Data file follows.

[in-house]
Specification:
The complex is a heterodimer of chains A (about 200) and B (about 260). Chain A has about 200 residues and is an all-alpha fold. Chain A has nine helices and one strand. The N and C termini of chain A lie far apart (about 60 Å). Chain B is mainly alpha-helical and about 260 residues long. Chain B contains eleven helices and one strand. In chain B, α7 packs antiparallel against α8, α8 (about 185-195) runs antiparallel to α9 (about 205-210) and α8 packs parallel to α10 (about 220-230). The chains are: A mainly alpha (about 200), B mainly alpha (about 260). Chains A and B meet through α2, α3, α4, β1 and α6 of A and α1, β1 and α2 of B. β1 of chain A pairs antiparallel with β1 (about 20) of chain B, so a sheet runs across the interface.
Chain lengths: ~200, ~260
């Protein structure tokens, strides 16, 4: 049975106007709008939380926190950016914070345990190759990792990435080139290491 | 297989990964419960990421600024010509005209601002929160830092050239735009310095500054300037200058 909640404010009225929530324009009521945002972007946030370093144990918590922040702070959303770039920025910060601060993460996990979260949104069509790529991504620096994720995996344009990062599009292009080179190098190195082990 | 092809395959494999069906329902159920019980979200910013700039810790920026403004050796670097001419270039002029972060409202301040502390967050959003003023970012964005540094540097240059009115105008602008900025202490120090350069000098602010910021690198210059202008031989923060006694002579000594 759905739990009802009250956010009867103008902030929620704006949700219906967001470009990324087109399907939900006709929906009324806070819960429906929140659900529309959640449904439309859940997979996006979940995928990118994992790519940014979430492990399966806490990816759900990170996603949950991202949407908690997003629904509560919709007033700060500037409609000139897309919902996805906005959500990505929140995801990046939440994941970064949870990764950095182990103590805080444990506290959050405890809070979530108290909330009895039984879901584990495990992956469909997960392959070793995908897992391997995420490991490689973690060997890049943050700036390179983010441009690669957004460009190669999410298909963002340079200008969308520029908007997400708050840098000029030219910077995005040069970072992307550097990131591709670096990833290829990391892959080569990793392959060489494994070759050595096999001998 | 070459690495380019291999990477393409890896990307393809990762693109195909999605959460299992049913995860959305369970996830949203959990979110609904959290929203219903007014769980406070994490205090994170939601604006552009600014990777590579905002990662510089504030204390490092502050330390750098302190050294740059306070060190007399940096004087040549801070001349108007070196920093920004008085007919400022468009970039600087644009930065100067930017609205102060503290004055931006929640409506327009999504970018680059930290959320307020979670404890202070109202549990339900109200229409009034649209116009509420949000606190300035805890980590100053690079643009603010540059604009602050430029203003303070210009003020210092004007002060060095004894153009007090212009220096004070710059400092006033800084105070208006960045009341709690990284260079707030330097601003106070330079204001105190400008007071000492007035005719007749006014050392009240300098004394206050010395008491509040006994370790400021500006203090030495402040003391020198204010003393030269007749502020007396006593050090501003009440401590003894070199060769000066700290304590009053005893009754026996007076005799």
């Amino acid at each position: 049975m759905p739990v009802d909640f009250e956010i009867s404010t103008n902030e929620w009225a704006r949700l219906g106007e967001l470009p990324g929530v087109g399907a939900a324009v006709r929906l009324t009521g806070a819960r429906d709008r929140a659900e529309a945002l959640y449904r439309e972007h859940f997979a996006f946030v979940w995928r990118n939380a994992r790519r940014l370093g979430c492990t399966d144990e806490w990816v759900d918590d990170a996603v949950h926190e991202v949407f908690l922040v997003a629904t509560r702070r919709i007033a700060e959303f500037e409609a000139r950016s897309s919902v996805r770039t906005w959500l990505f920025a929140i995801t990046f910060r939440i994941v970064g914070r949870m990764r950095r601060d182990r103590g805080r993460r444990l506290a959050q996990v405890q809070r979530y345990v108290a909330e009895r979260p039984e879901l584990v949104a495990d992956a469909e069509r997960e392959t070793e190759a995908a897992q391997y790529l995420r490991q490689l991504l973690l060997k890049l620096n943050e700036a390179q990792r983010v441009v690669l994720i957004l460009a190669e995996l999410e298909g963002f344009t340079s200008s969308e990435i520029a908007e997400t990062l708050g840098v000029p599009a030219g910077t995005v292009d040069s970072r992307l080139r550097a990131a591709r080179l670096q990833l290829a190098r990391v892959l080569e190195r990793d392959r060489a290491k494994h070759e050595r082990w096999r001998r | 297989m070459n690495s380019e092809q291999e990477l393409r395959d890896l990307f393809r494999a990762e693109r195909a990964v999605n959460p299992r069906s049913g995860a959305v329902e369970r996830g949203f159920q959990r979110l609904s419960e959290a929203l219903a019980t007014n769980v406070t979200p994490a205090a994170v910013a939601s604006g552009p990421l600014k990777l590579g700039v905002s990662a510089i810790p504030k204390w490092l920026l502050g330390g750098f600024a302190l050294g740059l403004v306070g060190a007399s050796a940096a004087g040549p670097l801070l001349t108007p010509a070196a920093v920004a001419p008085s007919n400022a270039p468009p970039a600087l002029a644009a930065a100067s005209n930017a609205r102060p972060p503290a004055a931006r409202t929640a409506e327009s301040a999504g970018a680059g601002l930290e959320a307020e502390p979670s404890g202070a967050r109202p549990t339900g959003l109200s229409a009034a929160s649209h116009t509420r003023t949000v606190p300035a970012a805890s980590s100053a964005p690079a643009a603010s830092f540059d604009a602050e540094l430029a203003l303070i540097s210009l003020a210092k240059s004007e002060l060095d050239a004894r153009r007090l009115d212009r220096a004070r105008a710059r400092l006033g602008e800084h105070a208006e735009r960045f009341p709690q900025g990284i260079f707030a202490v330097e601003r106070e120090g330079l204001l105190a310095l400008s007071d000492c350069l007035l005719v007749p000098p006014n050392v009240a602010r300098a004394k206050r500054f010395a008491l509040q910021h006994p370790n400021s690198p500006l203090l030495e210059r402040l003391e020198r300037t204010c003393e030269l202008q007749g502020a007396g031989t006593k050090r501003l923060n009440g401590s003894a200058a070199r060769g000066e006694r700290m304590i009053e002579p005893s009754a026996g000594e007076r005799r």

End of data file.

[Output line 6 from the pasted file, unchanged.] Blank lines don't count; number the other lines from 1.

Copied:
């Amino acid at each position: 049975m759905p739990v009802d909640f009250e956010i009867s404010t103008n902030e929620w009225a704006r949700l219906g106007e967001l470009p990324g929530v087109g399907a939900a324009v006709r929906l009324t009521g806070a819960r429906d709008r929140a659900e529309a945002l959640y449904r439309e972007h859940f997979a996006f946030v979940w995928r990118n939380a994992r790519r940014l370093g979430c492990t399966d144990e806490w990816v759900d918590d990170a996603v949950h926190e991202v949407f908690l922040v997003a629904t509560r702070r919709i007033a700060e959303f500037e409609a000139r950016s897309s919902v996805r770039t906005w959500l990505f920025a929140i995801t990046f910060r939440i994941v970064g914070r949870m990764r950095r601060d182990r103590g805080r993460r444990l506290a959050q996990v405890q809070r979530y345990v108290a909330e009895r979260p039984e879901l584990v949104a495990d992956a469909e069509r997960e392959t070793e190759a995908a897992q391997y790529l995420r490991q490689l991504l973690l060997k890049l620096n943050e700036a390179q990792r983010v441009v690669l994720i957004l460009a190669e995996l999410e298909g963002f344009t340079s200008s969308e990435i520029a908007e997400t990062l708050g840098v000029p599009a030219g910077t995005v292009d040069s970072r992307l080139r550097a990131a591709r080179l670096q990833l290829a190098r990391v892959l080569e190195r990793d392959r060489a290491k494994h070759e050595r082990w096999r001998r | 297989m070459n690495s380019e092809q291999e990477l393409r395959d890896l990307f393809r494999a990762e693109r195909a990964v999605n959460p299992r069906s049913g995860a959305v329902e369970r996830g949203f159920q959990r979110l609904s419960e959290a929203l219903a019980t007014n769980v406070t979200p994490a205090a994170v910013a939601s604006g552009p990421l600014k990777l590579g700039v905002s990662a510089i810790p504030k204390w490092l920026l502050g330390g750098f600024a302190l050294g740059l403004v306070g060190a007399s050796a940096a004087g040549p670097l801070l001349t108007p010509a070196a920093v920004a001419p008085s007919n400022a270039p468009p970039a600087l002029a644009a930065a100067s005209n930017a609205r102060p972060p503290a004055a931006r409202t929640a409506e327009s301040a999504g970018a680059g601002l930290e959320a307020e502390p979670s404890g202070a967050r109202p549990t339900g959003l109200s229409a009034a929160s649209h116009t509420r003023t949000v606190p300035a970012a805890s980590s100053a964005p690079a643009a603010s830092f540059d604009a602050e540094l430029a203003l303070i540097s210009l003020a210092k240059s004007e002060l060095d050239a004894r153009r007090l009115d212009r220096a004070r105008a710059r400092l006033g602008e800084h105070a208006e735009r960045f009341p709690q900025g990284i260079f707030a202490v330097e601003r106070e120090g330079l204001l105190a310095l400008s007071d000492c350069l007035l005719v007749p000098p006014n050392v009240a602010r300098a004394k206050r500054f010395a008491l509040q910021h006994p370790n400021s690198p500006l203090l030495e210059r402040l003391e020198r300037t204010c003393e030269l202008q007749g502020a007396g031989t006593k050090r501003l923060n009440g401590s003894a200058a070199r060769g000066e006694r700290m304590i009053e002579p005893s009754a026996g000594e007076r005799r």